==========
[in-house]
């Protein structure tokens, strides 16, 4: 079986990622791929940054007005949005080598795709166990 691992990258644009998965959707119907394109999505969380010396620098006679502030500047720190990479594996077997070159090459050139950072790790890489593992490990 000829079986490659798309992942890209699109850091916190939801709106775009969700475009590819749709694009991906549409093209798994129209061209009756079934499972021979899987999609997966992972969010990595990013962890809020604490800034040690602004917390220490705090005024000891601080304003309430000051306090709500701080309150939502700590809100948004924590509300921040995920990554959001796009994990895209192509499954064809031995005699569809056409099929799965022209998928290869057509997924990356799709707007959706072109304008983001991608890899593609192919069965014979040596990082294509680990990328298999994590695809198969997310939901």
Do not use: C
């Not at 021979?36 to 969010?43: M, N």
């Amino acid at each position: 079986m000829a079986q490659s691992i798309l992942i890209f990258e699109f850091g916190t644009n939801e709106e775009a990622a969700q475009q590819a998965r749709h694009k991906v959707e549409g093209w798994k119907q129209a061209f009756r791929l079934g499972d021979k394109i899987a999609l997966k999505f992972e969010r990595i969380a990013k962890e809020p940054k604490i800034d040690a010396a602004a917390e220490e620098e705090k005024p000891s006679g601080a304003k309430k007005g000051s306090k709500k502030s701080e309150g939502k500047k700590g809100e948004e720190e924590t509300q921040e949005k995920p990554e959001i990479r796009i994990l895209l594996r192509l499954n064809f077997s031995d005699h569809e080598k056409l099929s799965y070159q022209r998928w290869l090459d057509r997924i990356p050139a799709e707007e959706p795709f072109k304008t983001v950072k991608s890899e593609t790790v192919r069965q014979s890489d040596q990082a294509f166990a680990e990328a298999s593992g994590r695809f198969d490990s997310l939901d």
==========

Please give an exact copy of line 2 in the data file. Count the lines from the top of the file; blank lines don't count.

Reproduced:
């Protein structure tokens, strides 16, 4: 079986990622791929940054007005949005080598795709166990 691992990258644009998965959707119907394109999505969380010396620098006679502030500047720190990479594996077997070159090459050139950072790790890489593992490990 000829079986490659798309992942890209699109850091916190939801709106775009969700475009590819749709694009991906549409093209798994129209061209009756079934499972021979899987999609997966992972969010990595990013962890809020604490800034040690602004917390220490705090005024000891601080304003309430000051306090709500701080309150939502700590809100948004924590509300921040995920990554959001796009994990895209192509499954064809031995005699569809056409099929799965022209998928290869057509997924990356799709707007959706072109304008983001991608890899593609192919069965014979040596990082294509680990990328298999994590695809198969997310939901």